In this interview I chat with Chris from the Henstone Distillery.
Tell us a little about how easy or hard it was to set up your distillery?
It is not easy setting up a distillery! I’d had a yearning to get involved in the spirit business for quite a few years and the opportunity came along when I ‘retired’ from corporate life (more than 40 years in IT and Telecoms) and took a part time job at a brewery owned by friends. I immediately started suggesting we could buy a tiny still (from e-bay) and turn a little of the brewery’s beer into ‘whisky’. Quite rightly, from many angles, my friends resisted this but following a bit more badgering they suggested we go into business and set up a distillery – Henstone was born as a result! The name of the company reflecting the family homes of both sides of the partnership.
Loads and loads of planning followed and this is where much of the hard work is as it is all theoretical at this stage. We had to apply for licences, apply for grants, plan building changes, search for (and do due diligence) on a variety of suppliers from the obvious still manufacturers down to floor surface replacement and flue installation, bottle suppliers, brand agencies, etc.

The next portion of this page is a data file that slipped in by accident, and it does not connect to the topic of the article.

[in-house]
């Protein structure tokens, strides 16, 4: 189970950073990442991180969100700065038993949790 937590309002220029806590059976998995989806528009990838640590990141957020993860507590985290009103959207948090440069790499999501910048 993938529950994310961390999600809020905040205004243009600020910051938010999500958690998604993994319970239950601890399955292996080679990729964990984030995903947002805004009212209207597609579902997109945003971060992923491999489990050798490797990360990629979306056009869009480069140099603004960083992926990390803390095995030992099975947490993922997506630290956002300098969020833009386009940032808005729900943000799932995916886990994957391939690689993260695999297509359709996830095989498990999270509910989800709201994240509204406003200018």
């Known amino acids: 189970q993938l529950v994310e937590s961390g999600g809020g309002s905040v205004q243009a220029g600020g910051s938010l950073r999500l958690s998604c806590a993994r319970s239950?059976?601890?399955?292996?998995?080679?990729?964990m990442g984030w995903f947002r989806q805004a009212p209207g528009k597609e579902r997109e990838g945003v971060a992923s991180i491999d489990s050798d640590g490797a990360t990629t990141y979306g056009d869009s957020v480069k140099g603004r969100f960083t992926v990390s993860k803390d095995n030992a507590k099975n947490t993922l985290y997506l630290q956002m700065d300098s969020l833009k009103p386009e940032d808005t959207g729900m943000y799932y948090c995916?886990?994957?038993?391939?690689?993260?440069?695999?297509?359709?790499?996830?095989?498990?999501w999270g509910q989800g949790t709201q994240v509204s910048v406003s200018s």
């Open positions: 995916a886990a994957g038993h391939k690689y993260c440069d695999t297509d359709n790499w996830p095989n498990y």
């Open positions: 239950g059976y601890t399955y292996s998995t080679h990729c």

You will bottle your first whisky in January 2021 – how often are you tasting it and how is it coming on?
That is correct. We have taste tested a few times along the journey and are extremely pleased with the direction the flavour is heading. One thing we have found is that using our pot/column hybrid still enables us to produce a very smooth, pleasant new make…..so even before the spirit hits the wood it is tasting great!
What casks did you choose to age your whisky in and what made you decided on those?
Most of our new make is maturing in ex-bourbon casks at present. There were a few reasons for this including experience from a lot of Scottish distilleries, consistency of supply, cost, availability, etc. Also, as we’re not a huge distillery we needed to be able to purchase relatively small quantities at a time. We have, however, also got some new make maturing in first fill ex-pedro ximenez and ex-oloroso and these will become available around July 2021. We also have one other ‘cask secret’ up our sleeves which we’ll announce in due course!